2013-12-01 – The wedding was still just over a month away when Kit and I spent our first Christmas together, she a shiksa and me a Jew. I had never purchased, much less decorated a tree. Hanukkah wasn’t a big thing for me, living away from my family, but I did light candles and make a batch of potato latkes every year. Never was there a tree.
We weren’t yet living together at the time, but her place, which is where I eventually moved, was under renovation. The dry wall was up but the floors were still uncovered plywood and most of the fixtures were yet to come. I knew it was up to me to get something for my place. So I bought Kit a small, artificial, pre-decorated tree, which I put on an end table. We still have it.
Our longstanding Christmas tree tradition didn’t start until the next year. By that time we were married and Kit was seven plus months pregnant with our first son Nat. I had learned about a place called Pioneer Tree Farm near McHenry, IL, about 50 miles northwest of where we lived in Chicago. It’s a rustic setting with an eco-conscious warming house where they serve cocoa and sell baked goods and small hand-made gifts. A fire burns outside and kids can play with 19th century toys made of wood. Chickens cluck nearby and tractors tow flatbed trailers that you can ride out to find and cut your tree.
We cut a white pine. People called it a Charlie Brown tree because it was open and wispy with long, soft needles. At home we would decorate the tree, with Kit taking the lead and me trying to stay out of the way by sight reading Christmas songs on the piano.
This is how we got our tree for the next 20 years or so. Since I was the one without a Christmas tree tradition, I was happy that I was able to create one with my idea of taking a trip to the country to get one.
Every year, regardless of weather. Our second year was a challenge. The temperature was below zero and we had our 10-month-old Nat with us. We rode alone on the flatbed out to the trees, the baby wrapped in his gray London Fog snowsuit (without feet), me with my teeth chattering but gripping the bow saw, and Kit on the lookout for a well-proportioned white pine. We spied one at the side of the road, asked the tractor driver to wait for us, cut the tree down in under a minute and were on our way.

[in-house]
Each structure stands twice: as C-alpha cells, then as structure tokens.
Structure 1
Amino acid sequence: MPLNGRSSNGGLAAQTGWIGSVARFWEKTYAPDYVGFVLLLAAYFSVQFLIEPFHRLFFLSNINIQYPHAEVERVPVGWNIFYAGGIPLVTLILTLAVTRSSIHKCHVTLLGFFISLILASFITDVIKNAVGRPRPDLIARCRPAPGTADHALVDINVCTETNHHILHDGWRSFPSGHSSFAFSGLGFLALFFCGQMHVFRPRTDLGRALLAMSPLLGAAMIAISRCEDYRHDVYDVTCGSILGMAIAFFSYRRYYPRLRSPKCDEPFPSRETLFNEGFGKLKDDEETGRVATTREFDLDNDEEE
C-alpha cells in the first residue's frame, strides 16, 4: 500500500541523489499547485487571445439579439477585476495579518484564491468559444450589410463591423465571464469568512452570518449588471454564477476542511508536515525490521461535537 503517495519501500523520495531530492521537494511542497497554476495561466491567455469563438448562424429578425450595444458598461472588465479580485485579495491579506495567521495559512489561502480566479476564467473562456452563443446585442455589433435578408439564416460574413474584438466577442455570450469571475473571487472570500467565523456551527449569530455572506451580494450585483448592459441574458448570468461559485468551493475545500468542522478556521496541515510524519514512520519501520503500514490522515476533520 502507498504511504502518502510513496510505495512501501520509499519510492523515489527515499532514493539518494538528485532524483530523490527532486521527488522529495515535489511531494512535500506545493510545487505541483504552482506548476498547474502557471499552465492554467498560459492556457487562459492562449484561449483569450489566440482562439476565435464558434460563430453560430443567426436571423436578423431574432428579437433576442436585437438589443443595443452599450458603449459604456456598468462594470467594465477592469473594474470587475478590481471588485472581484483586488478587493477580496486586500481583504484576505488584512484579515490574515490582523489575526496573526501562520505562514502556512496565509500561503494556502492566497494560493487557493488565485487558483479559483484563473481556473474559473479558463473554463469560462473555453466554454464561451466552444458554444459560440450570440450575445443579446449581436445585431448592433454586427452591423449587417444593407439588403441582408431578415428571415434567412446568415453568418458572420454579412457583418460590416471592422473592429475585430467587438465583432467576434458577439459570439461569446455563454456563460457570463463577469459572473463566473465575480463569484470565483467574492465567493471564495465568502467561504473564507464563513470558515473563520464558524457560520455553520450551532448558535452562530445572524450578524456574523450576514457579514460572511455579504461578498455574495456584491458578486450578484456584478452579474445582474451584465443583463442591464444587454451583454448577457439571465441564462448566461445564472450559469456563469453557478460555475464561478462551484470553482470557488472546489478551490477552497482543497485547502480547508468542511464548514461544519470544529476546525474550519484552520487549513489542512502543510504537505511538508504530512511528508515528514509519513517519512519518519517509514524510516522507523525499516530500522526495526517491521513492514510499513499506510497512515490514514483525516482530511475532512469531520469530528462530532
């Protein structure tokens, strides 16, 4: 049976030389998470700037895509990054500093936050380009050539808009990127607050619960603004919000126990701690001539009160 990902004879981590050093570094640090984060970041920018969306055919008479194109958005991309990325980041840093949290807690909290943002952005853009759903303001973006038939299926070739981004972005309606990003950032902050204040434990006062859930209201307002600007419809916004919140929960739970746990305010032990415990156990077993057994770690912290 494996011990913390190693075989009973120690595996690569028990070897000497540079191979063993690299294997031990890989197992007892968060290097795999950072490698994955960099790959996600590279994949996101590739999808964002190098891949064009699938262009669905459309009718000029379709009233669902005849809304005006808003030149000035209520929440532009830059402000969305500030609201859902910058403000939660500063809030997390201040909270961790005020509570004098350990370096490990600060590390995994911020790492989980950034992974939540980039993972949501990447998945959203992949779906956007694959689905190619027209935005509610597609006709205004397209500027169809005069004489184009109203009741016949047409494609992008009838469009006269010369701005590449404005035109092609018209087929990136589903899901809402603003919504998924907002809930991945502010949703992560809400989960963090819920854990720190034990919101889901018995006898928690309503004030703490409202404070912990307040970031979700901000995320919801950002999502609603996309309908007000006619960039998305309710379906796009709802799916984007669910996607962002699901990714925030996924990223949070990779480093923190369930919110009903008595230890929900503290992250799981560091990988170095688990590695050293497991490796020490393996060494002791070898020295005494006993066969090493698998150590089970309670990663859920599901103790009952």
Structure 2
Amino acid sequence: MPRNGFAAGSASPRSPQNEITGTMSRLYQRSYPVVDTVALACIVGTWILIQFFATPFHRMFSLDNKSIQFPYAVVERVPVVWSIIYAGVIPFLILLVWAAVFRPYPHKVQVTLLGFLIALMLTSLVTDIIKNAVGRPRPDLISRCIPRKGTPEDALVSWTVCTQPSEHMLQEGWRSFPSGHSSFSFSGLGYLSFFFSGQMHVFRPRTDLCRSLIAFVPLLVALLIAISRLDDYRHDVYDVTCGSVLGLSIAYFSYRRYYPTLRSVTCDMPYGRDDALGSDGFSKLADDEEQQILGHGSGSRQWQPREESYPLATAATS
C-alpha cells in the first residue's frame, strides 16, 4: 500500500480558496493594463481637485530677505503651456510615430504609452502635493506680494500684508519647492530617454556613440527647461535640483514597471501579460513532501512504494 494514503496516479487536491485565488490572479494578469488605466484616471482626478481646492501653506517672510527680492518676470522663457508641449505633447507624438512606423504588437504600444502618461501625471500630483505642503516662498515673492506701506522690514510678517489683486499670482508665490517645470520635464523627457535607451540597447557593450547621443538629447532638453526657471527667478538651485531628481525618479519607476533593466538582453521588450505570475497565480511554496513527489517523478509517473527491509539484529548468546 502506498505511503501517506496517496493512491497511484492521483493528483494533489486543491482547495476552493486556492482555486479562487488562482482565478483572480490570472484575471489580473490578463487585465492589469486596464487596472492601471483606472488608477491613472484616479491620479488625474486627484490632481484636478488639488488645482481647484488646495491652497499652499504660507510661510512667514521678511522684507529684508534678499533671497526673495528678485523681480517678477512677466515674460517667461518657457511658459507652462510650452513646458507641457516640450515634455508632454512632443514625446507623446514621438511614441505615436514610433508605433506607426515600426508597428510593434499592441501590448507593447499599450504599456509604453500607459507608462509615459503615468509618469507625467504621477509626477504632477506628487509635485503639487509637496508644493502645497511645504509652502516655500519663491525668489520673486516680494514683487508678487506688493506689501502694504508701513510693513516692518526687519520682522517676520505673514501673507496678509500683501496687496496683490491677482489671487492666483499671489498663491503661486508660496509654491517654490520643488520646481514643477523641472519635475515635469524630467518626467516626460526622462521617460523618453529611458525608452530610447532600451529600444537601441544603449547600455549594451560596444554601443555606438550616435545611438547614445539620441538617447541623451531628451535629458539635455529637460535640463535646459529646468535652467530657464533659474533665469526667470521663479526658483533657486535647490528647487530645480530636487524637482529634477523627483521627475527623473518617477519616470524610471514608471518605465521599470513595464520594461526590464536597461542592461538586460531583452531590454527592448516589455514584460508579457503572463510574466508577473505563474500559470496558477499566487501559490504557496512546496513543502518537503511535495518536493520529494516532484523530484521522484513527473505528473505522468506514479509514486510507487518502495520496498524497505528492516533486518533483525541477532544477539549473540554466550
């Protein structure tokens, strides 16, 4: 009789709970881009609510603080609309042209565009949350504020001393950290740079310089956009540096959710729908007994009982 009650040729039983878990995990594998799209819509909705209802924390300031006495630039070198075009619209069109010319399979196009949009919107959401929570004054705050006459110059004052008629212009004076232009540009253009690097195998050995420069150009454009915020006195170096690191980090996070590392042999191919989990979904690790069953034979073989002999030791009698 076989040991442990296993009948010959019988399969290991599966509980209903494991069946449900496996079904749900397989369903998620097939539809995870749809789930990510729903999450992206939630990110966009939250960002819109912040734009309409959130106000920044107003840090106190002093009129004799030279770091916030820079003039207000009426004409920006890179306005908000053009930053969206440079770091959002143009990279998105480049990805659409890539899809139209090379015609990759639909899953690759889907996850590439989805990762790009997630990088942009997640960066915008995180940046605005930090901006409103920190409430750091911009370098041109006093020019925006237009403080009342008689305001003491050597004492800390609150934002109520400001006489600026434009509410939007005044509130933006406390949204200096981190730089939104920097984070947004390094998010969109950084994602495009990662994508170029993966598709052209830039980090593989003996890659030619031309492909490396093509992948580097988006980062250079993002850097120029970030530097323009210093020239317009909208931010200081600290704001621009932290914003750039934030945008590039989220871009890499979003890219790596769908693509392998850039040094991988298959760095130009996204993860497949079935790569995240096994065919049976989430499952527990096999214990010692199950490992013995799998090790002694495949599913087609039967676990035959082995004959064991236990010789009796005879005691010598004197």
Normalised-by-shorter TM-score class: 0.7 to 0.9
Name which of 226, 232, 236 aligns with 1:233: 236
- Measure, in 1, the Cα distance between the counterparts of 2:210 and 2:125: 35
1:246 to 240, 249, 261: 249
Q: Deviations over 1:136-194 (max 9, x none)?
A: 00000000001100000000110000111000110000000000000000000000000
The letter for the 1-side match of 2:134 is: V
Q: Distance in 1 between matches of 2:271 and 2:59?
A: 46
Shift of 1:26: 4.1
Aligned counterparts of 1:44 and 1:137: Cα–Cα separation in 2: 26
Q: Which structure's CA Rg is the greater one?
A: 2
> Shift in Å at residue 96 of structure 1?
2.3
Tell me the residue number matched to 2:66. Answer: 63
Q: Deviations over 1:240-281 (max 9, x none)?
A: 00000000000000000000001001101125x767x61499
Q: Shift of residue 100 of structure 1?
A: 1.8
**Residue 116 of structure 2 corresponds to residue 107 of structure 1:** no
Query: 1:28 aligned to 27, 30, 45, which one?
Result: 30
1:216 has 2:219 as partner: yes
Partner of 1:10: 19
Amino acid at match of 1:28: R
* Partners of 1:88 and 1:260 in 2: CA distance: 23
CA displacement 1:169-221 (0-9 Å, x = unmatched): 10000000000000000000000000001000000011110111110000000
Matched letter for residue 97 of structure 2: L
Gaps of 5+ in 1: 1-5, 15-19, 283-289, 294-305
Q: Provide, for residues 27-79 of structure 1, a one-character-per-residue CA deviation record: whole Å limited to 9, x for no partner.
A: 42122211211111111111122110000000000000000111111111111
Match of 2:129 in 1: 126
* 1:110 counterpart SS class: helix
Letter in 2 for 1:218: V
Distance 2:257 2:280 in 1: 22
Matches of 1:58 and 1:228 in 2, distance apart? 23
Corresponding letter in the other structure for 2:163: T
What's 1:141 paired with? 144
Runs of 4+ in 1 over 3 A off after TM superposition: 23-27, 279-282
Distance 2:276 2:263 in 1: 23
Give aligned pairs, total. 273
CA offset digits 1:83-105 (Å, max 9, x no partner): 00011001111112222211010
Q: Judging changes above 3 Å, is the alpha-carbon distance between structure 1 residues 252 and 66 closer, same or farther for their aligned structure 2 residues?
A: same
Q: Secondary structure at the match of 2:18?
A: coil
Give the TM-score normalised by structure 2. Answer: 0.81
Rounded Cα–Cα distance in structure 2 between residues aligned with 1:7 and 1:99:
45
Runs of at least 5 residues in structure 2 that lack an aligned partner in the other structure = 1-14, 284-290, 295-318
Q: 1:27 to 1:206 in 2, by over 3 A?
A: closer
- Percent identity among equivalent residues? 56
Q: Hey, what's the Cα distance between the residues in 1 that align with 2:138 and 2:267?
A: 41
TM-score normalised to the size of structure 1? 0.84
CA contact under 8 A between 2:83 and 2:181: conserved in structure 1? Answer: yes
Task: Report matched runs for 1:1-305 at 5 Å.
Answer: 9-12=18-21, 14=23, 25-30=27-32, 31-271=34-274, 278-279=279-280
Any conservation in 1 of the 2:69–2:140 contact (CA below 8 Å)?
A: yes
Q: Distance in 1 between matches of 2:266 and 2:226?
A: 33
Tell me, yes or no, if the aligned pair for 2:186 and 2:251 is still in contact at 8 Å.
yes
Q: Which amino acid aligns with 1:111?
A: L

Other years were warm, in the 60s. One year we arrived to find the place closed due to mud. In later years we found the white pines depleted due to weather in the planting years and took other trees home. Last year the depletion was so bad that the farm was open only two weekends for the year and we missed it. We found another tree farm, but it was very commercial. Not what we had come to look forward to each year for so many years.
But for the 20 years when conditions were right, the trip was a great family event. In all that time, I never became a fan of Christmas because of all the commercialism. Only three days in the season came to mean anything to me. I love that the commercialism comes to a crashing halt on Christmas day. I like the quiet and I like making a meal and being with my family. I like Kit’s family get together. And I like going for the tree. Many years we stopped at an odd chocolate store a couple miles outside of McHenry to get a selection of treats. On the way home, with the tree tied to our car roof, we would stop for a nice meal on the way home.
Our boys are grown now. Although the farm is open three weekends this year, our boys aren’t around to go with us. Nat works every weekend at the restaurant and Cal won’t be home from college in time. We plan to wait for Cal to get our tree, but that will be the week before Christmas. I think that phase in our lives is over.